A Manmade Catastrophe

Indonesia's fires emitted massive amounts of carbon, impacted the health of millions, and left a once biodiverse landscape in shambles. My pieces, written after conducting field research in Sumatra, were often the only story in that outlet about this disaster, and helped raised awareness about the unprecedented catastrophe.

Embed

  1. What's really happening?

  2. Step one: Combating the misinformation. I was in Riau, Sumatra, when the fires started, and saw clearly that this was not just a problem of "slash and burn" as many in the media were reporting it to be, but something far more complex. Years of environmental mismanagement, corruption, and big corporate interests had left, as one of the activists I interviewed told me, a ticking time bomb. El Nino set it off.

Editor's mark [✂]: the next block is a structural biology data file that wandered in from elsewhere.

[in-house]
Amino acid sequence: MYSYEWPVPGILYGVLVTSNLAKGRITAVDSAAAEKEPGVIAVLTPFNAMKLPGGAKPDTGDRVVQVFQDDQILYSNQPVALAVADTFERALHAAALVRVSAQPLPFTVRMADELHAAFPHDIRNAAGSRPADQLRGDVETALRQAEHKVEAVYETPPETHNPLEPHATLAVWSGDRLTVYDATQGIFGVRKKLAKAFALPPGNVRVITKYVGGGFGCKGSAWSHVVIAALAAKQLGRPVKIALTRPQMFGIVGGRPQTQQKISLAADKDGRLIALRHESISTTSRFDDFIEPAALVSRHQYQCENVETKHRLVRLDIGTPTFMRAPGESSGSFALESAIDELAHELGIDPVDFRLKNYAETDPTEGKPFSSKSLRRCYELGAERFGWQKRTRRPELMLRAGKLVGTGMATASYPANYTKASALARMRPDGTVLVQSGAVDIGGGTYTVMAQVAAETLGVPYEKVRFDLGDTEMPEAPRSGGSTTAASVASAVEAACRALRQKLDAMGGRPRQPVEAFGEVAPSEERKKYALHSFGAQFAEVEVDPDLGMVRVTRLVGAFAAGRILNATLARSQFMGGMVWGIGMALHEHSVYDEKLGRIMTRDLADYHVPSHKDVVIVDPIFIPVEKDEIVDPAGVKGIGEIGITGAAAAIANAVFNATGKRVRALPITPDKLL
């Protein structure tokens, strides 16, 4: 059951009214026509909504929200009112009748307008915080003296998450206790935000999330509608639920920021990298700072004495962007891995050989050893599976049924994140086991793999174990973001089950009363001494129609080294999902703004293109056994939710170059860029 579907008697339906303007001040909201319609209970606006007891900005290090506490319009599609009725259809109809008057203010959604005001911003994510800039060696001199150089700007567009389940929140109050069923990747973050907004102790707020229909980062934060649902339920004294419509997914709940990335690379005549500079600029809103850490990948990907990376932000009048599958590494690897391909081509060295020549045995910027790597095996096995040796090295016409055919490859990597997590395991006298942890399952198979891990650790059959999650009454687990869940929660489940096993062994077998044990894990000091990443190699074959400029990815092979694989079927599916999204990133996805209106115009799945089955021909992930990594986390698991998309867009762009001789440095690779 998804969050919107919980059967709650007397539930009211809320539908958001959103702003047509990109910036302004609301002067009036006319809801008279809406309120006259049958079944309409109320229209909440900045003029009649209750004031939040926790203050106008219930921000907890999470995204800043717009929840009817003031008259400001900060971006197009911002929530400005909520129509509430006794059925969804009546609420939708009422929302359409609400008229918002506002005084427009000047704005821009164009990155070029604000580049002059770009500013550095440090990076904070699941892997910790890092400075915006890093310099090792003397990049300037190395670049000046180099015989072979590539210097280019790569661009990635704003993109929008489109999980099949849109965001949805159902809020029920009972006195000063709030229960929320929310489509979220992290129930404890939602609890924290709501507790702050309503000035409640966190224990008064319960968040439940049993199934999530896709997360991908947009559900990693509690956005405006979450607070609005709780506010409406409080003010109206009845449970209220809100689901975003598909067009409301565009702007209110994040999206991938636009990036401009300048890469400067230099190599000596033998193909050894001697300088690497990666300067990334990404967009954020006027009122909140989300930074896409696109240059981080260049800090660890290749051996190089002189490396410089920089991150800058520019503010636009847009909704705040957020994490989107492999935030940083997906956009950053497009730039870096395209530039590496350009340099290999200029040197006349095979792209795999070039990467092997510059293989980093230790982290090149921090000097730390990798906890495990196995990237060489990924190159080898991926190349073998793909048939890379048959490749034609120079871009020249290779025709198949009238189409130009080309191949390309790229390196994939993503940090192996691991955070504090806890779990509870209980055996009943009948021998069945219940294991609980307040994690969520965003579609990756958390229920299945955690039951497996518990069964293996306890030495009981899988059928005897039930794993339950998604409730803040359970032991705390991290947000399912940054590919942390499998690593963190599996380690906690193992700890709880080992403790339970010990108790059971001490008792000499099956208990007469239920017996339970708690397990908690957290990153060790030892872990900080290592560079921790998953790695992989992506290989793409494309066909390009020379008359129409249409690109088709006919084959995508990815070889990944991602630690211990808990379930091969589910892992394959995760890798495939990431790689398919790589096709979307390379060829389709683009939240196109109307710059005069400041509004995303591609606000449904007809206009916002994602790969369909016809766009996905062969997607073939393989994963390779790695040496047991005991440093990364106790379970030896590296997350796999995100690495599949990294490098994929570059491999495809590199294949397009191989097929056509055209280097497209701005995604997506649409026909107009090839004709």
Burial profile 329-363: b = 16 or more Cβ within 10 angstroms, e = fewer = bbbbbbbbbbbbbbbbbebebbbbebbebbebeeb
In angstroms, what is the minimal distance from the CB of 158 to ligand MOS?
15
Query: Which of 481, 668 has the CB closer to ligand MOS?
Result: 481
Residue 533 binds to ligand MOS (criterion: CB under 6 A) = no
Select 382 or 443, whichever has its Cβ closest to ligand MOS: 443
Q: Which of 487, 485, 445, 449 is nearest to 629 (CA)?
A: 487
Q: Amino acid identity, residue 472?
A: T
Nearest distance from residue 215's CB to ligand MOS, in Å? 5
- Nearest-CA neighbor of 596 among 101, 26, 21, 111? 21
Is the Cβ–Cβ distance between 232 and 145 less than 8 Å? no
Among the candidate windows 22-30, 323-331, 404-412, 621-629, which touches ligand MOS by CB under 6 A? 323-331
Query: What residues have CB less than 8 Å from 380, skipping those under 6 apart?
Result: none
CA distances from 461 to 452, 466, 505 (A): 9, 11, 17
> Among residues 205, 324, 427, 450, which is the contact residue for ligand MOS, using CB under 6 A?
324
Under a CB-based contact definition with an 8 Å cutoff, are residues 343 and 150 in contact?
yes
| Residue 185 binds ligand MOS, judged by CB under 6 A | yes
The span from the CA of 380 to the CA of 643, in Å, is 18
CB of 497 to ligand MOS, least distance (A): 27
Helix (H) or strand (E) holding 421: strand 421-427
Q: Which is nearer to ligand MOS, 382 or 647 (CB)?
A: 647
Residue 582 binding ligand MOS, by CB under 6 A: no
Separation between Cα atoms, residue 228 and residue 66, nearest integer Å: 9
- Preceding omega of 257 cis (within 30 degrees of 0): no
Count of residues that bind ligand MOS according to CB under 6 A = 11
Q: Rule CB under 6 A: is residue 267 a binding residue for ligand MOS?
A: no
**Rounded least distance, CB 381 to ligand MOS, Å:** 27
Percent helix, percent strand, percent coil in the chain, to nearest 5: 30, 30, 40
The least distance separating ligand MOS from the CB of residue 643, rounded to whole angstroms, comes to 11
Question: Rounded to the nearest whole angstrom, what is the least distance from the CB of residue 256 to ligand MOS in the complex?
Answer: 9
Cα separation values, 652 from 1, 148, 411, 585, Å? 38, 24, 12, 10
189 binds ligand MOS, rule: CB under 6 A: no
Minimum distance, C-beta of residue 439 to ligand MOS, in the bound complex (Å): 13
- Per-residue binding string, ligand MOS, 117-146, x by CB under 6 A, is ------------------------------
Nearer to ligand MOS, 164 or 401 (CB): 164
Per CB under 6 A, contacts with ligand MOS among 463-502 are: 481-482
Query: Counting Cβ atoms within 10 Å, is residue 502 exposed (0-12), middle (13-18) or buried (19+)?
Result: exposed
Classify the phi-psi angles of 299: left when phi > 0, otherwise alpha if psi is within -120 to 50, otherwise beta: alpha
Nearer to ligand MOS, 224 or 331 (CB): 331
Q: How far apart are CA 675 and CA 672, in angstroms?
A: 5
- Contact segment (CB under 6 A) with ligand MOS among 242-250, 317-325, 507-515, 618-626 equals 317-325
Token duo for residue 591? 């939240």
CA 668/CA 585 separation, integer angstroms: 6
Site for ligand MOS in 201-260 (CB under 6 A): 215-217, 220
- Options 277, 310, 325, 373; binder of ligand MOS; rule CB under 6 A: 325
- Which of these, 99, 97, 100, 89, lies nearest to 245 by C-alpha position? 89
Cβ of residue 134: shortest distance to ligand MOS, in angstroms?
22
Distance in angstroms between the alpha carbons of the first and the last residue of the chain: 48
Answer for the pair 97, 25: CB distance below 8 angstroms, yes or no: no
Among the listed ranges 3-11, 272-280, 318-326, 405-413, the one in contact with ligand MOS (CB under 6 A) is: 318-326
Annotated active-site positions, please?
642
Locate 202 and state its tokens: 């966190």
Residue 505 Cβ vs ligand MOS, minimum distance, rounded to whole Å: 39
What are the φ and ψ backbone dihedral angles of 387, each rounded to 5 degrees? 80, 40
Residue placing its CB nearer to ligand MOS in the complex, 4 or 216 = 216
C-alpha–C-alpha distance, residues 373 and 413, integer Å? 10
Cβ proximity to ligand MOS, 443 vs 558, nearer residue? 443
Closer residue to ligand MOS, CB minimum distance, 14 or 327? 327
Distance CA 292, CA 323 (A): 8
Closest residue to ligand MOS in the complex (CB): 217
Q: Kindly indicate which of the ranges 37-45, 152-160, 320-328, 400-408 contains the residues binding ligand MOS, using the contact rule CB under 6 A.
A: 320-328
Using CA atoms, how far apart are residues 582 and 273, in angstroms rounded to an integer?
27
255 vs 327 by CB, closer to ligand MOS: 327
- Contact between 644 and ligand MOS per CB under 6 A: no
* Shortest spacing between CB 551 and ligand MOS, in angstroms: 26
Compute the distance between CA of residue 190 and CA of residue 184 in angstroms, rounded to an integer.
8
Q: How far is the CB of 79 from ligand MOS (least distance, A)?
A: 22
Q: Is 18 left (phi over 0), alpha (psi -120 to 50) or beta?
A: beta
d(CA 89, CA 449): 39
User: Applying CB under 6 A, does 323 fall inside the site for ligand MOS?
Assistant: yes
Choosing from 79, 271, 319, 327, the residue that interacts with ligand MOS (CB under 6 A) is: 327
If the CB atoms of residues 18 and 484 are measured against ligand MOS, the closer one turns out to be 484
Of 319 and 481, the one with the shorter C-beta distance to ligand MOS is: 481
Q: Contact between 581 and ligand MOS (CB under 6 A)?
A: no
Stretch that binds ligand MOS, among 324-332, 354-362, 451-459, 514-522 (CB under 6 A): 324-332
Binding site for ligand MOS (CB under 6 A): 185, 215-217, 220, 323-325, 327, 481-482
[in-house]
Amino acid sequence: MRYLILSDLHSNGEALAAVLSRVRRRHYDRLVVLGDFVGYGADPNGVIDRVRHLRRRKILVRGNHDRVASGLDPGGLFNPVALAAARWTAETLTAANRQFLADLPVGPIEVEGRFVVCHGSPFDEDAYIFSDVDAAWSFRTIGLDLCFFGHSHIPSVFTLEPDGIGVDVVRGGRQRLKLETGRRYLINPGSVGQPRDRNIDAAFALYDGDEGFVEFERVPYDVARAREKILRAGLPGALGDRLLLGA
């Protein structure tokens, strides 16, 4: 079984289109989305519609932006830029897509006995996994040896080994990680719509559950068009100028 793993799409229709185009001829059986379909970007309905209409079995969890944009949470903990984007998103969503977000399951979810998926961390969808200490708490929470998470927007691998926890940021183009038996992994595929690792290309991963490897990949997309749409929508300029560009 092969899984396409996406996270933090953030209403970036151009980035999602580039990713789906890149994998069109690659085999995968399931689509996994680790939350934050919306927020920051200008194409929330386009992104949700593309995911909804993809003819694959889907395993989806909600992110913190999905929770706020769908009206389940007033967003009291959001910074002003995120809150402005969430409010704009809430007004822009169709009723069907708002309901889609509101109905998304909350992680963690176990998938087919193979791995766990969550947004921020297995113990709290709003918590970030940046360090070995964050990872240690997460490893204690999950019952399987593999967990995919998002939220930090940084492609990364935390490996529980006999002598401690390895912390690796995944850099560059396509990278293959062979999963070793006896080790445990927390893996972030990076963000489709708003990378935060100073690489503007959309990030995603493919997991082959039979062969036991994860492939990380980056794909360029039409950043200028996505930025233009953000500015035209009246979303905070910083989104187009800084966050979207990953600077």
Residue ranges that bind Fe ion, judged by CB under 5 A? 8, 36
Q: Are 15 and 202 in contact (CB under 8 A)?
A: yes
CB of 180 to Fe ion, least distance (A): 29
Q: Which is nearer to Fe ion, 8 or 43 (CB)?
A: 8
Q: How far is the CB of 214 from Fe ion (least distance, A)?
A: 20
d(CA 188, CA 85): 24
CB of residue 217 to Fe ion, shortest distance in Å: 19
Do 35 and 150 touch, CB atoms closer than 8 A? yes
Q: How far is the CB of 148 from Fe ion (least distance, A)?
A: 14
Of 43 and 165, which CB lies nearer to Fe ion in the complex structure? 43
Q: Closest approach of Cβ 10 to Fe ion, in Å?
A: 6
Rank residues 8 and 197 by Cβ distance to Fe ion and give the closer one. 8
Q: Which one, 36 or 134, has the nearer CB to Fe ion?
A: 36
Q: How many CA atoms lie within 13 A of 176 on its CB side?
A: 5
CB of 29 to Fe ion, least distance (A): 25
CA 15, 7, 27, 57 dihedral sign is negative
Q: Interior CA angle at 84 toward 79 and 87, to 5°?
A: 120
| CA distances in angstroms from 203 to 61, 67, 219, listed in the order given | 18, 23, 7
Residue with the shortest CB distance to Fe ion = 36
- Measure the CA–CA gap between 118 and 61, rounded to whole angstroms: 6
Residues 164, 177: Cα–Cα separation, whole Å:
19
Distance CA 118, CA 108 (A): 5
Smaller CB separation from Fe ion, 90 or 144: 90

3. Connecting Readers Across the Globe

  4. For many in the United States or Europe, the fires might as well have been taking place on another planet. They weren't breathing in the haze, but they were responsible for purchasing the crops - Palm Oil - that were ultimately responsible for the disaster. These pieces helped readers understand how they were directly connected to Indonesia's disaster, and what they could do to help prevent future fires.
Like
Share

Share

Facebook
Google+